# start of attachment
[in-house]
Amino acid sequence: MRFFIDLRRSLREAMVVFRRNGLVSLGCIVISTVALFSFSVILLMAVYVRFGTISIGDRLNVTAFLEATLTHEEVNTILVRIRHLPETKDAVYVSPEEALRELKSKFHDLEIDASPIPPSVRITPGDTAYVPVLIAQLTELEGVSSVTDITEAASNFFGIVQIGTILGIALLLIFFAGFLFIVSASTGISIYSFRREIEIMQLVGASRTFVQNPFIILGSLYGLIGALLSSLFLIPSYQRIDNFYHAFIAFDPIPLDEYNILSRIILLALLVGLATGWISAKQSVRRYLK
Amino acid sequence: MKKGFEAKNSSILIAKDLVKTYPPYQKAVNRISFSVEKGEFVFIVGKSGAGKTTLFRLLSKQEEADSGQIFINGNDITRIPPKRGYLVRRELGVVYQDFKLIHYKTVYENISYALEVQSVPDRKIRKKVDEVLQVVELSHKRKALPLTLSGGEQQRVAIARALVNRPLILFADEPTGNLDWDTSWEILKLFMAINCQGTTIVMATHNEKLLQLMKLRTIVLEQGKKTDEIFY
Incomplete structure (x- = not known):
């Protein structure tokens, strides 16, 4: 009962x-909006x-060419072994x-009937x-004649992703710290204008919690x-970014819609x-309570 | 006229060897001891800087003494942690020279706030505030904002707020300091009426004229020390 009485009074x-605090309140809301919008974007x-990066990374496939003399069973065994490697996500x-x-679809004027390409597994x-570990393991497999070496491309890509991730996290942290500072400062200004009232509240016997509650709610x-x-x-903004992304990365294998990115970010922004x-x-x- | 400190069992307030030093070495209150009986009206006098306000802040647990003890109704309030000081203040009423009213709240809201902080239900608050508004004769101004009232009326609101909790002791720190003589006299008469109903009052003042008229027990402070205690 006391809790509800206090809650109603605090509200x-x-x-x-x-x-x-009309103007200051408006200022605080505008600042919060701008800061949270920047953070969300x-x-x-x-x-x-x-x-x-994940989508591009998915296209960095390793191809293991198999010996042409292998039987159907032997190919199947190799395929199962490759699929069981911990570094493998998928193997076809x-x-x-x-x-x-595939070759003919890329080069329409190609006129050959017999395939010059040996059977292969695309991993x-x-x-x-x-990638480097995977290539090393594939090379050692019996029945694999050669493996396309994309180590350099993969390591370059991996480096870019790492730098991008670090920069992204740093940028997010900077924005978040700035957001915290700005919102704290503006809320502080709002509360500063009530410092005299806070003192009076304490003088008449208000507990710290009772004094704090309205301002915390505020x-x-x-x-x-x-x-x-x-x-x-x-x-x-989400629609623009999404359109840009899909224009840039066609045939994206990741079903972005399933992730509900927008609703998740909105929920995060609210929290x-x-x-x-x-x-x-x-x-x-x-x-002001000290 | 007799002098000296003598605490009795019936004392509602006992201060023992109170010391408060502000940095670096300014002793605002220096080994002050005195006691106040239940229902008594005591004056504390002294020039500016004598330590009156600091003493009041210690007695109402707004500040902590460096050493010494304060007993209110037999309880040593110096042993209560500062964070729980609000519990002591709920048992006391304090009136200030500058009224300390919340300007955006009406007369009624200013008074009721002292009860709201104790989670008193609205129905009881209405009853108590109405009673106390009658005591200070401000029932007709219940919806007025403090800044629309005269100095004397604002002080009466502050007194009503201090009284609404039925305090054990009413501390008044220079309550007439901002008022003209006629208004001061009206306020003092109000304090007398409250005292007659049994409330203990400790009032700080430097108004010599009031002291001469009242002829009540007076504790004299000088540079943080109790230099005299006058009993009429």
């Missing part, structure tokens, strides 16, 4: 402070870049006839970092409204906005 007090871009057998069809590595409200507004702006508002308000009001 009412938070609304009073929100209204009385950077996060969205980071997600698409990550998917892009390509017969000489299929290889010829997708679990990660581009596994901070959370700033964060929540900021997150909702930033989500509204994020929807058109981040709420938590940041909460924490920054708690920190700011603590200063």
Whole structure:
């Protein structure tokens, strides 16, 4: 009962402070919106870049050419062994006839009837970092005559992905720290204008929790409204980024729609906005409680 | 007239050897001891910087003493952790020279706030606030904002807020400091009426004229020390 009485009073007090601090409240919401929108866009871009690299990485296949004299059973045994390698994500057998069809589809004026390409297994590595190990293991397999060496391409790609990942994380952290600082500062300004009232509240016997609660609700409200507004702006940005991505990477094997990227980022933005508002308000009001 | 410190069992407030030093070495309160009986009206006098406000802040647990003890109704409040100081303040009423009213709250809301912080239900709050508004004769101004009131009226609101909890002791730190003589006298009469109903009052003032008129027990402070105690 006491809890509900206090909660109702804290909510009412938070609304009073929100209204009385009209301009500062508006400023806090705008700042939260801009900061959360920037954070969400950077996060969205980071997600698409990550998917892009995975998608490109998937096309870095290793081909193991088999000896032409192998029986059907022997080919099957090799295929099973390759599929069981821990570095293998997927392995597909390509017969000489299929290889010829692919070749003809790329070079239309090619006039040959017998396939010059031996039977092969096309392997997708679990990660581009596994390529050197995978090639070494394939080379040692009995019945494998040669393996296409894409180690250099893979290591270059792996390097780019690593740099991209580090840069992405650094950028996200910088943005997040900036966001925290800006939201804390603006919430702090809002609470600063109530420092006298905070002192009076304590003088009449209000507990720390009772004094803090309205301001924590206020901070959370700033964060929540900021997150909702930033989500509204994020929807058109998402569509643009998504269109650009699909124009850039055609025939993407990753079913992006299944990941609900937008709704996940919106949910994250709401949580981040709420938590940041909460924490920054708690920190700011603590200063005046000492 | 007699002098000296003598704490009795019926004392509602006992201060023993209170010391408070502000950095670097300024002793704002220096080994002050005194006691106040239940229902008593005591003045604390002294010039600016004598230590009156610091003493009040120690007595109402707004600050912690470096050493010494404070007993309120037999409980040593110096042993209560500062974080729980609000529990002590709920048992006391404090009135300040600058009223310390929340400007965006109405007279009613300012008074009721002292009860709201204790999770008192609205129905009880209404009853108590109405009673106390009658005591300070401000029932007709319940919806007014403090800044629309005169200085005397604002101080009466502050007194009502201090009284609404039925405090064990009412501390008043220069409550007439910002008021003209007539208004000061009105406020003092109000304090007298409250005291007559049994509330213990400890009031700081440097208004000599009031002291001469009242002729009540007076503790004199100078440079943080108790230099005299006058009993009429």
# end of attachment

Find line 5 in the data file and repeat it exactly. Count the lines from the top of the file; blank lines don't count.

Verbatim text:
């Protein structure tokens, strides 16, 4: 009962x-909006x-060419072994x-009937x-004649992703710290204008919690x-970014819609x-309570 | 006229060897001891800087003494942690020279706030505030904002707020300091009426004229020390 009485009074x-605090309140809301919008974007x-990066990374496939003399069973065994490697996500x-x-679809004027390409597994x-570990393991497999070496491309890509991730996290942290500072400062200004009232509240016997509650709610x-x-x-903004992304990365294998990115970010922004x-x-x- | 400190069992307030030093070495209150009986009206006098306000802040647990003890109704309030000081203040009423009213709240809201902080239900608050508004004769101004009232009326609101909790002791720190003589006299008469109903009052003042008229027990402070205690 006391809790509800206090809650109603605090509200x-x-x-x-x-x-x-009309103007200051408006200022605080505008600042919060701008800061949270920047953070969300x-x-x-x-x-x-x-x-x-994940989508591009998915296209960095390793191809293991198999010996042409292998039987159907032997190919199947190799395929199962490759699929069981911990570094493998998928193997076809x-x-x-x-x-x-595939070759003919890329080069329409190609006129050959017999395939010059040996059977292969695309991993x-x-x-x-x-990638480097995977290539090393594939090379050692019996029945694999050669493996396309994309180590350099993969390591370059991996480096870019790492730098991008670090920069992204740093940028997010900077924005978040700035957001915290700005919102704290503006809320502080709002509360500063009530410092005299806070003192009076304490003088008449208000507990710290009772004094704090309205301002915390505020x-x-x-x-x-x-x-x-x-x-x-x-x-x-989400629609623009999404359109840009899909224009840039066609045939994206990741079903972005399933992730509900927008609703998740909105929920995060609210929290x-x-x-x-x-x-x-x-x-x-x-x-002001000290 | 007799002098000296003598605490009795019936004392509602006992201060023992109170010391408060502000940095670096300014002793605002220096080994002050005195006691106040239940229902008594005591004056504390002294020039500016004598330590009156600091003493009041210690007695109402707004500040902590460096050493010494304060007993209110037999309880040593110096042993209560500062964070729980609000519990002591709920048992006391304090009136200030500058009224300390919340300007955006009406007369009624200013008074009721002292009860709201104790989670008193609205129905009881209405009853108590109405009673106390009658005591200070401000029932007709219940919806007025403090800044629309005269100095004397604002002080009466502050007194009503201090009284609404039925305090054990009413501390008044220079309550007439901002008022003209006629208004001061009206306020003092109000304090007398409250005292007659049994409330203990400790009032700080430097108004010599009031002291001469009242002829009540007076504790004299000088540079943080109790230099005299006058009993009429």